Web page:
Submit Full Mortgage Application
Once you sign your Purchase and Sale Agreement you should be ready to submit your mortgage application. Your loan officer may begin to collect documentation before then, but you cannot officially submit your full application until you have a signed P&S. To prepare for submitting your full mortgage application, review this Mortgage Application Checklist.
You may receive a Good Faith Estimate (GFE) and/or a Truth in Lending Statement (TIL) from you loan officer while you are shopping for a mortgage. If not, when you apply for a mortgage your loan officer is obligated to issue you an official GFE and TIL no later than three days after your application date. If you do not receive this documentation in the allotted time, contact the Consumer Financial Protection Bureau.
As part of your application your loan officer will ask you for several pieces of documentation. You should have this in order leading up to the day you sign your Purchase and Sale Agreement, so your application can be submitted no later than the day after. Your P&S will give you about 30 days from the time you sign the document to receive your commitment letter from your lender. The earlier the loan application is submitted, the more time you have to meet that finance date. When you submit your application, it is sent to an underwriter who makes the decision on whether you loan is approved or denied. While you wait for the decision, your loan officer will likely be asking you for updated versions of the documentation you submitted with the application. This can be a stressful point in the process, but make sure to get your loan officer everything they ask for in a timely fashion in order for the underwriting process to go as smoothly as possible.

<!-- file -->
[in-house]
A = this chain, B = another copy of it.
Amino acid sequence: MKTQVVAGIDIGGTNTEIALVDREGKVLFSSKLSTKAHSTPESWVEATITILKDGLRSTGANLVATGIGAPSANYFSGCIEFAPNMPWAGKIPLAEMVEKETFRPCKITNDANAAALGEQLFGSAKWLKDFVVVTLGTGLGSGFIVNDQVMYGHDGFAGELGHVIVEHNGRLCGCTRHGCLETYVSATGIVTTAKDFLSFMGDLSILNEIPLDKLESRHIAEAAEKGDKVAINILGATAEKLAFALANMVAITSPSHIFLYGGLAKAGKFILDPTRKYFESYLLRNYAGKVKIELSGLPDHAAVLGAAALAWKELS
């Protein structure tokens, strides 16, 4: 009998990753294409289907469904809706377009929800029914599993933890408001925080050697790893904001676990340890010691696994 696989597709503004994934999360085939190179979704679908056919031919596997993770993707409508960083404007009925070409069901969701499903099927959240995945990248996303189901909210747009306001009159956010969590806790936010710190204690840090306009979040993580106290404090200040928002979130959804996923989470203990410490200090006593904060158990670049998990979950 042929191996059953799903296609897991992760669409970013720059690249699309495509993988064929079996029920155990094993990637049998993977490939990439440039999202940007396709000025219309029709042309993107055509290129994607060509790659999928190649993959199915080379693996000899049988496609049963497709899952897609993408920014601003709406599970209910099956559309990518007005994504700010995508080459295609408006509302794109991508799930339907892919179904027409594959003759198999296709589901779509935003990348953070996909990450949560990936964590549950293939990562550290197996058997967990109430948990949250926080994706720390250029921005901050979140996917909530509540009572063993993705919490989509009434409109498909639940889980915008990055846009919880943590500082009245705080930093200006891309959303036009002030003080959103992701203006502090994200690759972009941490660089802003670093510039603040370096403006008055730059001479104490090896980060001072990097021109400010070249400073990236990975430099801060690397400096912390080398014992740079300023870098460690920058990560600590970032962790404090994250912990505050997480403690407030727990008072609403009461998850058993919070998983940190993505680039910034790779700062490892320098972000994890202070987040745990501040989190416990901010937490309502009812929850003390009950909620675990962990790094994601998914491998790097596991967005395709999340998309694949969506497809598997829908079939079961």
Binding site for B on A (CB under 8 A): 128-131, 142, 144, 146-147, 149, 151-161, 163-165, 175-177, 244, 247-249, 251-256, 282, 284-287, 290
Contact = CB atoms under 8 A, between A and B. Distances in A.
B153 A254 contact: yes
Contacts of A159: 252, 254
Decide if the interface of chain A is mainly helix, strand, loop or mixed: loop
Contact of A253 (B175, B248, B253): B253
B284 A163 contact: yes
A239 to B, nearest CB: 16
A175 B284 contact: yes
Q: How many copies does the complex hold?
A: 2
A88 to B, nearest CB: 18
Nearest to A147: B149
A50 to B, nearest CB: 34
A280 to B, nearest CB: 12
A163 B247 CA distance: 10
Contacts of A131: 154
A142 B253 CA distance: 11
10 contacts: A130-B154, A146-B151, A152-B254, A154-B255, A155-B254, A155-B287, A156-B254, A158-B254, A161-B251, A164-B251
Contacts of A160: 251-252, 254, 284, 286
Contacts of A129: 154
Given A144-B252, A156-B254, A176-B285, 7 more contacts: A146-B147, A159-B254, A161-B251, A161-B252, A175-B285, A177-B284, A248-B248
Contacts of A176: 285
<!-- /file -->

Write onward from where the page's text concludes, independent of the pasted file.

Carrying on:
In addition to your application, the property you are purchasing must get an appraisal ordered by the underwriter that satisfies the lender. This means that the appraised value must come in at or above your agreed-upon purchase price. If the appraised value is lower than your purchase price, you will have to try to renegotiate the price with the seller. If the seller is not willing to renegotiate you have the option of paying the difference between the appraised value and the purchase price as part of a larger down payment. You also have the option is to terminate the deal if you are still covered by your Mortgage Contingency Clause. This is why it is crucial you do not let your finance date lapse.